The 3rd wave: Enlightenment and Extraction. Progress as a preferred future. The idea of progress through science is born. Competing images and narratives of possible futures. Shultz refers to the work of science fiction writer H. G. Wells, ‘The Time Machine’.

The 4th wave: Systems and Cybernetics. Systems sciences and systems thinking, along with ecology, evolved side by side with futures studies in the early twentieth century. Both provided essential theories and insights into Futures Studies (Schultz 2015).

World War II, deployment, systems operations, and forecasting. The totality of war during the Second World War accelerated forecasting methods development. As all countries needed grand planning and forecasting on scales previously unimaginable; millions of people and the resources to support them. The learnings from this period would pave the way for Futures for the next few decades.

By the end of the World War II Futures methods were being formalised. Its use was being applied to military and intelligence requirements in the US. Europeans were using Futures to re-envision its society and how to move forward after much of its infrastructure was destroyed from the War (Shultz, 2015), and many colonial countries were declaring their independence (Schultz 2015, Singh 2019).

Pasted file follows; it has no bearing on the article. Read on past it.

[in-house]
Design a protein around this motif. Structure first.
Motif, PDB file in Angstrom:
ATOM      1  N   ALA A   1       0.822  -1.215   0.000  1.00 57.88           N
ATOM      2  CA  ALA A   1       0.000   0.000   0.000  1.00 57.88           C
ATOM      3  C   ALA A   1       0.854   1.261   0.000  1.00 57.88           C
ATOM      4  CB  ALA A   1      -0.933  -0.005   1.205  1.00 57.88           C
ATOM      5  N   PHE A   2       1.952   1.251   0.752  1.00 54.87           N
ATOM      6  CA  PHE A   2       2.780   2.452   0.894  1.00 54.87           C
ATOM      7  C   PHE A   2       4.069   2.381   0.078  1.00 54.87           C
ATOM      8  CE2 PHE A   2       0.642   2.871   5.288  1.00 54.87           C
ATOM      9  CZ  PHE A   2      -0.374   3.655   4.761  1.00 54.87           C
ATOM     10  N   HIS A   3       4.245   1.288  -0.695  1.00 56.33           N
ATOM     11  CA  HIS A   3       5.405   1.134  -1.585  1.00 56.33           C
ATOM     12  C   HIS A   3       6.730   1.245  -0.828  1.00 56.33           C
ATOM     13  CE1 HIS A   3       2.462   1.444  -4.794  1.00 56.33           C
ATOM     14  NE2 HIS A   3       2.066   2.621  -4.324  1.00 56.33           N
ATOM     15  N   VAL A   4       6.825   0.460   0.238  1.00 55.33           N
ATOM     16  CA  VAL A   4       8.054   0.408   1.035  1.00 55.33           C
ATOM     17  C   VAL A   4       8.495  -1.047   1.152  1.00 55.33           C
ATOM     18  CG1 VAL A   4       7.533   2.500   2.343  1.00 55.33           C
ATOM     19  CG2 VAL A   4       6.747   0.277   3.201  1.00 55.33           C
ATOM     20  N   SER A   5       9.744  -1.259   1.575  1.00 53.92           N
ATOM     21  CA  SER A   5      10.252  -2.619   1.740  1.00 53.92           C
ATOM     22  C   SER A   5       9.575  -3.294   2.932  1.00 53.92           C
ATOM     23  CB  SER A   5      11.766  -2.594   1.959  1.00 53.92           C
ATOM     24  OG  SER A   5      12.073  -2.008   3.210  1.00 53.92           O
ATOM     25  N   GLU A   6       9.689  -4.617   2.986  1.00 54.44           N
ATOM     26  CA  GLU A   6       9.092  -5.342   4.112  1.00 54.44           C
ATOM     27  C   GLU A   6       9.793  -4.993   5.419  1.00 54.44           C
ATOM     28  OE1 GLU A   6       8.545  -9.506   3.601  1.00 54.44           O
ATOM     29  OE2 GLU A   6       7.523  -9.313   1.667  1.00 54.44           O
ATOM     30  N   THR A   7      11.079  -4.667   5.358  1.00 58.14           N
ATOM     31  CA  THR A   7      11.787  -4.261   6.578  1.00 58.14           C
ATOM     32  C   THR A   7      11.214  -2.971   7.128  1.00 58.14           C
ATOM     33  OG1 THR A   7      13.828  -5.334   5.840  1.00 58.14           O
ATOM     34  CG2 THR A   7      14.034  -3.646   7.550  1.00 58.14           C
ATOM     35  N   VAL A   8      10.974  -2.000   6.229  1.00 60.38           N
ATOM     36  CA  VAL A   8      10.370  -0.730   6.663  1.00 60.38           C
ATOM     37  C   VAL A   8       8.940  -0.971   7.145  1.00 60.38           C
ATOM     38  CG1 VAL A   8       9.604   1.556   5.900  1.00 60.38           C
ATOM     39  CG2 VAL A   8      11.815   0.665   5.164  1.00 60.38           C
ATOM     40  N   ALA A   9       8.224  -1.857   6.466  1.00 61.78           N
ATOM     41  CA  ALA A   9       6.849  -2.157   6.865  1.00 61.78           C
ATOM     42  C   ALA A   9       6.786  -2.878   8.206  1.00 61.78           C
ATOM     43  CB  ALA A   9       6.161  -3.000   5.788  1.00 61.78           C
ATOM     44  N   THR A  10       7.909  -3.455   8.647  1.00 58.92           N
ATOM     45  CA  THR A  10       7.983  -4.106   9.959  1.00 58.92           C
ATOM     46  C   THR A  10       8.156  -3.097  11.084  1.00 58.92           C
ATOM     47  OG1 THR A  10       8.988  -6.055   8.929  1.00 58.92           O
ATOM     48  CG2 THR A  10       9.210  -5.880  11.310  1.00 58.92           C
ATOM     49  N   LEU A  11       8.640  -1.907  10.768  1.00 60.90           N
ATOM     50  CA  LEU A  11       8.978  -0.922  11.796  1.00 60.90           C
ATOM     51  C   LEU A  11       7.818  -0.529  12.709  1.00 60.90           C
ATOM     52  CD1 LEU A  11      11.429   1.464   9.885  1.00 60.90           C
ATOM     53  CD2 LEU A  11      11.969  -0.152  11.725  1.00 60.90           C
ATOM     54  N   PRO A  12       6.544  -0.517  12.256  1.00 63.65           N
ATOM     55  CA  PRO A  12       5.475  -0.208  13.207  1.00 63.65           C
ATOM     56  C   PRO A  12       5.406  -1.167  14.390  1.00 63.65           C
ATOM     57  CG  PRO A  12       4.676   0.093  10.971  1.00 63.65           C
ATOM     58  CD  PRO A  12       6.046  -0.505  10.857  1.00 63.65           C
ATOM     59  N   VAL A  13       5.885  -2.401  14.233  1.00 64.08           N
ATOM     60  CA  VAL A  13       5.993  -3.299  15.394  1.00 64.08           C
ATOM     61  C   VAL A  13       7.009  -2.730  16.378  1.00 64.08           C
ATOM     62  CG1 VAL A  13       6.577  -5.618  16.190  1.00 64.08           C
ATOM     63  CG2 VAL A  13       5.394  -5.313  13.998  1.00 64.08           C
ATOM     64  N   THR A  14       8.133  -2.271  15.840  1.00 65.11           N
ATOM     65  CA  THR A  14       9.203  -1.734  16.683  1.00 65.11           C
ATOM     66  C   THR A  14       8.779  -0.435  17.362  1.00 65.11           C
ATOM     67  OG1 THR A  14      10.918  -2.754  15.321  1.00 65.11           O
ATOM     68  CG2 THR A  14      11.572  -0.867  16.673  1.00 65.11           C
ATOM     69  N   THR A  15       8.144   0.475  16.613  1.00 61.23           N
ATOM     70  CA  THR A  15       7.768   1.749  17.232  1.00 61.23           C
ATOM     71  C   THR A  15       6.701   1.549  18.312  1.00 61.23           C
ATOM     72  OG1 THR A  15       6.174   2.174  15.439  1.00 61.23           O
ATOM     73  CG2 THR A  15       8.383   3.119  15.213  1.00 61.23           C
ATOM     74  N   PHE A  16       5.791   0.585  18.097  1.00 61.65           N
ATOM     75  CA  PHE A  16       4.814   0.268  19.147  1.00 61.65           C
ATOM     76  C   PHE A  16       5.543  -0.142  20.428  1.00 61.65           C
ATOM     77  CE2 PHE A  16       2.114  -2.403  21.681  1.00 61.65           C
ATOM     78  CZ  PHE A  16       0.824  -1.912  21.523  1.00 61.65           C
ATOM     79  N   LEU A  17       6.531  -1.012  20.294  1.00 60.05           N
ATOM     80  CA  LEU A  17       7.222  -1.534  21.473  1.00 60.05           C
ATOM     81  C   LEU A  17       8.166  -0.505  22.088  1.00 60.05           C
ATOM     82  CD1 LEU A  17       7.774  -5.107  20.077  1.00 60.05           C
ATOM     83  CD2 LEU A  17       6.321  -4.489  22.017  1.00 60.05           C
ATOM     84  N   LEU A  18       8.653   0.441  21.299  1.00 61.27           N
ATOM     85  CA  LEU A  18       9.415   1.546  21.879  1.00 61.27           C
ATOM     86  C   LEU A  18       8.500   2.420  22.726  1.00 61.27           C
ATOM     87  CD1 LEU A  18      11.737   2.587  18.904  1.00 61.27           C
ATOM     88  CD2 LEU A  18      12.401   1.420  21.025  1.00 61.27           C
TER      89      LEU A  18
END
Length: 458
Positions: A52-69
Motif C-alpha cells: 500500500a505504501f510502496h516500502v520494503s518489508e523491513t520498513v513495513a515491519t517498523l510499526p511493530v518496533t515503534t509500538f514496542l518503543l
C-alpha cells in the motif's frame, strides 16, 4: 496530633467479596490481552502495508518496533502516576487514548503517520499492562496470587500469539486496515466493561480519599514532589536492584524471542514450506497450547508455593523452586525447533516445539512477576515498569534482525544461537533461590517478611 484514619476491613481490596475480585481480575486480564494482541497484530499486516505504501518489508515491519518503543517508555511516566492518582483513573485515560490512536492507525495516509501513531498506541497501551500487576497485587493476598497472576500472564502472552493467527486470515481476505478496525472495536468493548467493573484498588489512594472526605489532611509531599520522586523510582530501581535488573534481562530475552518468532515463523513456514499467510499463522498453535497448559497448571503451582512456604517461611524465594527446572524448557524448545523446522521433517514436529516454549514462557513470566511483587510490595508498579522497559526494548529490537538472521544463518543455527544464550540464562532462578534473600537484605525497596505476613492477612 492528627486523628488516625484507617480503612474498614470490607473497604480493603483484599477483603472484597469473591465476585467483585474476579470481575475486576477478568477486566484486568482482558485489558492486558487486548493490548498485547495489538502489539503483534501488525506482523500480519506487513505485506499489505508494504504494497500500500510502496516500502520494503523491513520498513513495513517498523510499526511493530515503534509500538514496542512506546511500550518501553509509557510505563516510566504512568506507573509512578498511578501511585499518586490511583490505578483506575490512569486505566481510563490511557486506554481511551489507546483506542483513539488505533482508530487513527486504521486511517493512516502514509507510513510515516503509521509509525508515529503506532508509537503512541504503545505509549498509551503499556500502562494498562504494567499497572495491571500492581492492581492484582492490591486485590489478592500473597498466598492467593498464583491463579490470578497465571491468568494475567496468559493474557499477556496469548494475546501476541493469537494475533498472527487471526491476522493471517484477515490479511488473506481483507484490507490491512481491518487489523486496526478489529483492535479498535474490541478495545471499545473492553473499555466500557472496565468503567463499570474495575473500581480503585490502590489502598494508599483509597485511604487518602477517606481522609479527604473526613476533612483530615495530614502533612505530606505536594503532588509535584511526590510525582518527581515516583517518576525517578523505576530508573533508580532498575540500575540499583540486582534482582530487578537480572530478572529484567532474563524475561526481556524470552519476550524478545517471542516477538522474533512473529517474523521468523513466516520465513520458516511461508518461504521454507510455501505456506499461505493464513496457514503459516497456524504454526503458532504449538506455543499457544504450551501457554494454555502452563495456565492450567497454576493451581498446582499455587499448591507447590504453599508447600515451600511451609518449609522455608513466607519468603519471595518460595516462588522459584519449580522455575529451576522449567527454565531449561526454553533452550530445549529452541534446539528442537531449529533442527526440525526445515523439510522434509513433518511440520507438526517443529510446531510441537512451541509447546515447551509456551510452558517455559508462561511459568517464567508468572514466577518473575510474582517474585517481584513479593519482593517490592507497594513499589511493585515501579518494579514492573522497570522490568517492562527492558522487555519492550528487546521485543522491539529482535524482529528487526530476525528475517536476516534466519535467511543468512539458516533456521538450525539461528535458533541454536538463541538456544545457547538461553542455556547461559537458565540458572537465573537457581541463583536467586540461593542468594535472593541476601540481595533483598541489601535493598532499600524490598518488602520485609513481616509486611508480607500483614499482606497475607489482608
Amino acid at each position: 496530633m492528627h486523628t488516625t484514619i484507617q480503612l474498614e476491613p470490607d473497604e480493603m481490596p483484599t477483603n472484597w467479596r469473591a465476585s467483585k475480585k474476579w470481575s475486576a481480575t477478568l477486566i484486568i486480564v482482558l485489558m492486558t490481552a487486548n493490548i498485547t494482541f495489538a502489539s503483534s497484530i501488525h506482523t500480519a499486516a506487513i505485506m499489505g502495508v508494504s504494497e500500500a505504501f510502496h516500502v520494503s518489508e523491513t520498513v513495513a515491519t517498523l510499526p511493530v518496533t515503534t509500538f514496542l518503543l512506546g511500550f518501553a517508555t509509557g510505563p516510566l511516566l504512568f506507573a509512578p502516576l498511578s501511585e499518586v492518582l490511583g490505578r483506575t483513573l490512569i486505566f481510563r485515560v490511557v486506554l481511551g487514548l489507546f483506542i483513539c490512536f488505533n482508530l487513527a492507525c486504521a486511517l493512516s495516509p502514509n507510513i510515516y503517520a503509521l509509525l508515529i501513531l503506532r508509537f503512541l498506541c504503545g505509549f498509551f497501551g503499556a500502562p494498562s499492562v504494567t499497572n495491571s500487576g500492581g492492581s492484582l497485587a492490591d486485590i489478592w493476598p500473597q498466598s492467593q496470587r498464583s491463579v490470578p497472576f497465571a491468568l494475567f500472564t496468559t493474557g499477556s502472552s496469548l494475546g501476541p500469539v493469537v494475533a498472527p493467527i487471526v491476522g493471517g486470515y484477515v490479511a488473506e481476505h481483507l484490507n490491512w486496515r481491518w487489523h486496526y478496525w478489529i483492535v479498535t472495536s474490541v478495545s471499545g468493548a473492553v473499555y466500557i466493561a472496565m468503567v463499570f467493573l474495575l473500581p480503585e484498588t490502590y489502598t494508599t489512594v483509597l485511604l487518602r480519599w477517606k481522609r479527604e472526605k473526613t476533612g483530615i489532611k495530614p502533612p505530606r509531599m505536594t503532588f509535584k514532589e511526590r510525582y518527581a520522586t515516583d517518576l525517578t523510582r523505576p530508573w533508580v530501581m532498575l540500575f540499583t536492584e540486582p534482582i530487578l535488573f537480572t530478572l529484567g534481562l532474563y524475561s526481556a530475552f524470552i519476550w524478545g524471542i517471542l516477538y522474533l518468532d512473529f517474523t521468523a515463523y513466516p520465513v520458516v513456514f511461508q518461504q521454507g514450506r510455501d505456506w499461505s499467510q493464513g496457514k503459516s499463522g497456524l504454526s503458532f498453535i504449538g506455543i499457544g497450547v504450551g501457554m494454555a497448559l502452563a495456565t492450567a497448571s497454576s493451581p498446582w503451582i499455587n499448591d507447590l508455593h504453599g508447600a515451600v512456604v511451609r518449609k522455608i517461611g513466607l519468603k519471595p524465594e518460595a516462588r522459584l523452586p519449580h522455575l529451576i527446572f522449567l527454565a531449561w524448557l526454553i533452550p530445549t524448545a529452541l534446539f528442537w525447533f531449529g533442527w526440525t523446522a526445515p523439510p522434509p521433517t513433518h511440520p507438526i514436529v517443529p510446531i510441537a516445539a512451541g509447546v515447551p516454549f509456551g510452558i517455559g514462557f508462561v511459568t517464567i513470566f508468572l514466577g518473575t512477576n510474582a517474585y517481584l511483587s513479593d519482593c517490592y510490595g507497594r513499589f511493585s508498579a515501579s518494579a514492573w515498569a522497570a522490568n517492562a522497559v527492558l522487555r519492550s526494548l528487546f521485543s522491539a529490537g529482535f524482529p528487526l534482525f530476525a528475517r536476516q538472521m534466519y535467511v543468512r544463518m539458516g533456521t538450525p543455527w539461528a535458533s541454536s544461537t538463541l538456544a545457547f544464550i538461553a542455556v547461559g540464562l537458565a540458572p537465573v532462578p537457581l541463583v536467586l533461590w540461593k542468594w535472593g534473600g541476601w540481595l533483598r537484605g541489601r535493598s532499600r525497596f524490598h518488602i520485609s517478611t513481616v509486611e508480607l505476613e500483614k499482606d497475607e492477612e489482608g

During the 1970s Shell Oil created a global reputation for ‘creative thinking and strategic possibilities via stories depicting alternate futures’ (Schultz 2015) which led the way for other corporations to implement these ‘new’ methods of innovation creation. In 1970 Alvin Toffler writes Future Shock and concern for the future became mainstream (Bell 1996, Singh 2019).

Institutionalising Futures: The World Future Society (WFS) was founded in Washington, D.C., in 1966. And the World Futures Studies Federation (WFSF)  was founded in Paris, France, on May 26, 1973. Formally founded in 2002, ‘[t]he youngest international professional futures organisation, the Association of Professional Futurists (APF), emerged […] in Seattle in April 2001 that brought together alumni from various futures studies graduate programs’ (Schultz 2015).